When Justin Karasick and I became friends, he was taking over as the co-op student at Transport Canada in Toronto just as I was returning to SFU for a school term. Justin graduated in 2002 with a double major in Business Administration and Communications. After graduation, Justin went to his home province of Alberta and worked at EPCOR (the utilities company) in Communications before deciding that he had much to gain from opportunities abroad. He spent 14 months overseas, teaching in Thailand and volunteering in Venezuela at a community hospital, before returning to Vancouver more than a little anxious about his job hunt. He was returning to Vancouver just as I was graduating. The timing couldn't have been more perfect.
"Let's job hunt together," wrote Justin one day in an email from Venezuela. I thought, "Yeah - we should definitely do that." It was the line that inspired Career Friends - our job hunting group of four.
Justin and I recently met over a sushi lunch to discuss his journey to date. He sat across from me in a tie and navy dress shirt looking very polished and professional. I couldn't help but think back to how things were when we became part of a job hunting group. We were motivated and scared, but most importantly, we were glad that we were in it together.
"I was pretty concerned that prospective employers would view my 14 months abroad as a 'vacation' rather than 'traveling' and it became the basis for my insecurities when I started job hunting," remembers Justin. When Justin came back from his travels he thought that he needed to "catch up" to his peers, but the task seemed overwhelming.
"My first priority when I got back was to eat, so I worked at FedEx for a month sorting mail. Not very glamorous, I know, but I had my priorities."
For Justin, joining Career Friends was about keeping motivated - especially on those days when you just feel like doing nothing. "Being with the group made job hunting bearable because I dreaded it. It was about taking concrete steps. To meet with the group you had to get up, get dressed, and prepare items to review with the group or give feedback. You had to be there and be present. I felt accountable; I was willing to explore every avenue possible to find a job."
Having conducted all of his co-op work terms outside of Vancouver, Justin made the steep financial commitment of joining the 'International Association of Business Communicators (IABC)' active BC Chapter, in order to get the contacts he felt he needed. Justin and I worked together on the Volunteer Services Committee and he pursued many of the networking events offered.
It was during this time that a job posting came over the Communication grad list. It was for a six week contract job at Karate BC to help plan their largest annual event. I think it's safe to say that it's normal to wonder if a short-term job could actually lead anywhere. Was it worth it to take a six week job? Was a job better if it was permanent with benefits? Or was it better to have contract work to test out a work environment? Admittedly, it might be hard to see the value of something short-term when you know that you need to pay the rent and put food on the table. These are just some of thoughts that our job group members shared. Justin himself thought, "If I get the Karate BC job, would it stop the momentum that I have in my job search?"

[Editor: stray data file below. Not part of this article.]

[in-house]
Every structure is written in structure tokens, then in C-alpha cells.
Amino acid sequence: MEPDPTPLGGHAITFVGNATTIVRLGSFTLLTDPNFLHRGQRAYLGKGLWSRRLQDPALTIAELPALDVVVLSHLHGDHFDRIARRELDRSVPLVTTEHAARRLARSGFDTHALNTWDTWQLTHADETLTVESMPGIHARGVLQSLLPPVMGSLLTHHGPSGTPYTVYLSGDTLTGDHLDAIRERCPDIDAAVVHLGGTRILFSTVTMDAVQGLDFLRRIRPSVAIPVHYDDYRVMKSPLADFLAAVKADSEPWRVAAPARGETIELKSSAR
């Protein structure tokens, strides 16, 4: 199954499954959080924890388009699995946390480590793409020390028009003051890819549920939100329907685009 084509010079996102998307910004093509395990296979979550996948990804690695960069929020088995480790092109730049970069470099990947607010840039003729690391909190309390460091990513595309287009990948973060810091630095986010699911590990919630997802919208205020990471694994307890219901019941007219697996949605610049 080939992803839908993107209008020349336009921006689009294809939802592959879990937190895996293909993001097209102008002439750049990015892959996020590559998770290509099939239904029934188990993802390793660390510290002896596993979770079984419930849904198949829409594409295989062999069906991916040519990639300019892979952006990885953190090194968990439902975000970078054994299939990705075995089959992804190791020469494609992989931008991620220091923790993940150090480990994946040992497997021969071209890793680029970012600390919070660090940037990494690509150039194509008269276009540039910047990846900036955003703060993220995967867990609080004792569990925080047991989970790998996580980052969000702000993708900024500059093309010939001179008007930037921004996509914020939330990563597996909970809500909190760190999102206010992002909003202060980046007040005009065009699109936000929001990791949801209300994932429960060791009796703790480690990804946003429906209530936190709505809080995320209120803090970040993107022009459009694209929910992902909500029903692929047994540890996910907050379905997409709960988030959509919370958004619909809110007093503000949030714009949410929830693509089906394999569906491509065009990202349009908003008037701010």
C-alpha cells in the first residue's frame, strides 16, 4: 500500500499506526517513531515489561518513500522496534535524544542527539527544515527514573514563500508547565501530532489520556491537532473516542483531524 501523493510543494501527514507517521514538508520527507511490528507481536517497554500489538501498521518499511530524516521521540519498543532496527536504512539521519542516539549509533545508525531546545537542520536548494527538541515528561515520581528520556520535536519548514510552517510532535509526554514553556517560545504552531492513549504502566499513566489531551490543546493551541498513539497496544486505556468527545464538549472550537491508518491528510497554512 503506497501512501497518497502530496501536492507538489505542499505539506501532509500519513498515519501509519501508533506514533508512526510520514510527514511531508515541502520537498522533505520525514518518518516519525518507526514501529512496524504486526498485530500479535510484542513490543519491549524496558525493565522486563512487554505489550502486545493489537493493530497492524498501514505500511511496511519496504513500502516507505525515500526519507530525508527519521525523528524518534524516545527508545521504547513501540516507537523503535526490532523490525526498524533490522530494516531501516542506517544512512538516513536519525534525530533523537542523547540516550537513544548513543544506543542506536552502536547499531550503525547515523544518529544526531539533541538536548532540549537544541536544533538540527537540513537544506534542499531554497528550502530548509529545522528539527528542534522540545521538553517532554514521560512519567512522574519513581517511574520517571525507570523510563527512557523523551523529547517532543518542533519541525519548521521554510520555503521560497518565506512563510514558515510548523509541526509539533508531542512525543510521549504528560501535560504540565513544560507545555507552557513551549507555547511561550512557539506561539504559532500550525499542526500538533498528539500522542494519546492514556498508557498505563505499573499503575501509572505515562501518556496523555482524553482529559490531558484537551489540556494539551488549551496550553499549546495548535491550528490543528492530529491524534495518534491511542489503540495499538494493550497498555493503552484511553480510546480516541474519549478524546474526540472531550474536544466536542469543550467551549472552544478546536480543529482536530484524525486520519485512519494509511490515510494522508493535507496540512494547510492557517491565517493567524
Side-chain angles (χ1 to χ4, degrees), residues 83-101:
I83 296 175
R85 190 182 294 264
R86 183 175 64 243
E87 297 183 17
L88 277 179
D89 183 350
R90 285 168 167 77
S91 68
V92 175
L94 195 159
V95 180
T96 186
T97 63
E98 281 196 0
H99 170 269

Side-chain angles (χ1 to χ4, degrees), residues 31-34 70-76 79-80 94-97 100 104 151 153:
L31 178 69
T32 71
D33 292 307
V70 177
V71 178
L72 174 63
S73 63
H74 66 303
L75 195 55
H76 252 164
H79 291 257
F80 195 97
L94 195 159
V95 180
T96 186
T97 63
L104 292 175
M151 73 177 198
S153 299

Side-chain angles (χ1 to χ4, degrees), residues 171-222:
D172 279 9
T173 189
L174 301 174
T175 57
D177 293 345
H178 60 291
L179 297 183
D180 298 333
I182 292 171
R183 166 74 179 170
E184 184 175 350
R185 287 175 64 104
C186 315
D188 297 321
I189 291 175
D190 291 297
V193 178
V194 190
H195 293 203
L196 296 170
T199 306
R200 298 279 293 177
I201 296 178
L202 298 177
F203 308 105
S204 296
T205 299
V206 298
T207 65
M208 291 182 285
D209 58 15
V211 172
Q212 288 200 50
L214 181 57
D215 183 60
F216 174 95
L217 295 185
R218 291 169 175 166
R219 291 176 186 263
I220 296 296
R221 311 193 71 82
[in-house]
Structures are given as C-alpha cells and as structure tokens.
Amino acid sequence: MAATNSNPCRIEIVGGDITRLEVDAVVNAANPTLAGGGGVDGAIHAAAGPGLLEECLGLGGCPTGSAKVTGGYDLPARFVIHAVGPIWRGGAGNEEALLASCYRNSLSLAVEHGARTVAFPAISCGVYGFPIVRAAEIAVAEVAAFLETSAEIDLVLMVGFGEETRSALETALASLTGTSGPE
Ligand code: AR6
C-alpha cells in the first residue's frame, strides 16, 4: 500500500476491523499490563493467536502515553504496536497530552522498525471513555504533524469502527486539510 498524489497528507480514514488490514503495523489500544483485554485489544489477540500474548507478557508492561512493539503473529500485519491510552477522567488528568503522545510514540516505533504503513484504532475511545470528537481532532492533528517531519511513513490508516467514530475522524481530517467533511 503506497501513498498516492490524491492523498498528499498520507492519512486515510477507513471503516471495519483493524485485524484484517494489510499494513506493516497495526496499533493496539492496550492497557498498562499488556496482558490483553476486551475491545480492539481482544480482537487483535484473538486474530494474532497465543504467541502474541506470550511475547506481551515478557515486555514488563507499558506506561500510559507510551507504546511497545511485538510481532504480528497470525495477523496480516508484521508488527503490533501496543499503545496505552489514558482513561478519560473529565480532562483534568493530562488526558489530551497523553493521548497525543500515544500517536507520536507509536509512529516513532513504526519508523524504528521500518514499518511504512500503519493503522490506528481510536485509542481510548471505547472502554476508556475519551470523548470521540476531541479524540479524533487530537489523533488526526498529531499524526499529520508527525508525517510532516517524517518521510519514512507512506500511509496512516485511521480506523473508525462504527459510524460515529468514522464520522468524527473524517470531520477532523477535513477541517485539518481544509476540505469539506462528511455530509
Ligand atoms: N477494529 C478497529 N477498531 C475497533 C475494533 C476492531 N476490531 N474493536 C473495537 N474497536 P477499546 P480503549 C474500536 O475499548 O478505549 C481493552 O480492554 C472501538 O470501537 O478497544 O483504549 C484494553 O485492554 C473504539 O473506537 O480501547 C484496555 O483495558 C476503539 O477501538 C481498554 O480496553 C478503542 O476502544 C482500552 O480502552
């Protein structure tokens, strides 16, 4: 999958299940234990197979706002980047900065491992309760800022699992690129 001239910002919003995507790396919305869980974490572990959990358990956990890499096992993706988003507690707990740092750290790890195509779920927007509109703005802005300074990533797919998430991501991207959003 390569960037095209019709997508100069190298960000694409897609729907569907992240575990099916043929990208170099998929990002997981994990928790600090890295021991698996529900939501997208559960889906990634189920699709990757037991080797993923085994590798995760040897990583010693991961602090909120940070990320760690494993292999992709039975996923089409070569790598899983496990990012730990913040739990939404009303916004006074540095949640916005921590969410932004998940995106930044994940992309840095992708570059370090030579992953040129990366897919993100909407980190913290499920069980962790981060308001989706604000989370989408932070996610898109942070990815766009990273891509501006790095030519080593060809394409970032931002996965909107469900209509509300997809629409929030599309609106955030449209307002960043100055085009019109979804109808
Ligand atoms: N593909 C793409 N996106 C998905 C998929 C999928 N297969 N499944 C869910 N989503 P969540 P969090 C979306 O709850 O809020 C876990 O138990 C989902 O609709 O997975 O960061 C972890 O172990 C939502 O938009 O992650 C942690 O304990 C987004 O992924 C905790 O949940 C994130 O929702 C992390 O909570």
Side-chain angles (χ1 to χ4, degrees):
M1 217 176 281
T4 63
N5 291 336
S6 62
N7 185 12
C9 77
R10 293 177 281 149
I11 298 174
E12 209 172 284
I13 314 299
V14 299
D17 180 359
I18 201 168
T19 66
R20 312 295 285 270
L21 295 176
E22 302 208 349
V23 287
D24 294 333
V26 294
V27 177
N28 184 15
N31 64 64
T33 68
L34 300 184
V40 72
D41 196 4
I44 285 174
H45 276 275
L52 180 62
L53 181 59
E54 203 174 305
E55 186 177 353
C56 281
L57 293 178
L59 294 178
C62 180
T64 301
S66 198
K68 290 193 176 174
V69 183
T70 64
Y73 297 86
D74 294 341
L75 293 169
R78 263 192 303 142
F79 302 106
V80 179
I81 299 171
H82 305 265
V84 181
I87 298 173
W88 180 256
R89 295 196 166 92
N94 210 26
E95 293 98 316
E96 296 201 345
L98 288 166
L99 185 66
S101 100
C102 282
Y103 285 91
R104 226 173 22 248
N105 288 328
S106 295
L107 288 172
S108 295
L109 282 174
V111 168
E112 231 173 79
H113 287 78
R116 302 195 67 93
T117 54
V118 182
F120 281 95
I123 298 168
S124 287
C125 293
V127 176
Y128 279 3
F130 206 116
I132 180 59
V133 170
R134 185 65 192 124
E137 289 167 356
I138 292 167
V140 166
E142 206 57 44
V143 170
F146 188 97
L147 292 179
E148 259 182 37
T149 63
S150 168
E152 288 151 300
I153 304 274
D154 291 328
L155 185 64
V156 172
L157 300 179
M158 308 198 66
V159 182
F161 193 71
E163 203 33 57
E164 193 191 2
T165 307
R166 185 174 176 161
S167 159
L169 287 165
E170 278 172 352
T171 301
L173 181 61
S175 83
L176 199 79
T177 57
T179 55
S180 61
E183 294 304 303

The situation was suspenseful, that's for sure. Well, Justin got the job at Karate BC and "wowed" the organization with his event planning skills. "Karate BC turned out to be a great stepping stone, after all," explains Justin. "It did wonders for my confidence and what was initially a six week contract turned out to be more. After the event, while they didn't have more permanent opportunities that suited me for budgetary reasons, I was offered part-time work, so that I could continue my job search. I could help them out and had their support for finding more permanent work. At the same time I could also meet my necessary bill payments and had time to devote to job searching. I got my groove back."
Justin reminisces, "Before getting the job at Karate BC, I was asking myself, 'What happens if I never find a job?' I guess I was feeling that it should be easier to look for a job with my degree completed and I wondered why I was having difficulty. Looking back, I see the process and my progress in a different light. Watching all the members in Career Friends find jobs kept me very hopeful and motivated that I was going down the right path, too. It's funny to look back and think that I thought that I was behind everyone else because I had gone abroad. We're actually all in the same boat now and it's been just over a year. The difference is that I have this great experience abroad and no regrets. I feel very proud of that."
When I asked Justin about what advice he would have given to his former self when he had returned from travels, he said without hesitation, "I don't think that I should have been so worried. I see how valuable my international experience is. I think that maintaining contacts like the co-op coordinators, professors and former co-op employers is helpful too because when you get back it'll save you some angst. You won't feel so out of the loop. I'm glad that I tried many techniques that allowed me to feel that I was moving forward in the job hunt. I was applying for postings, doing information interviews through contacts I got in Career Friends and IABC and, in the process, really learning to articulate what it was that I wanted in terms of my next career move."
Justin is currently the Communications Coordinator at Providence Health Care where there's "never a dull moment!" His big news of late is his recent wedding engagement. Stephanie and Justin expect to wed next summer. Congratulations!
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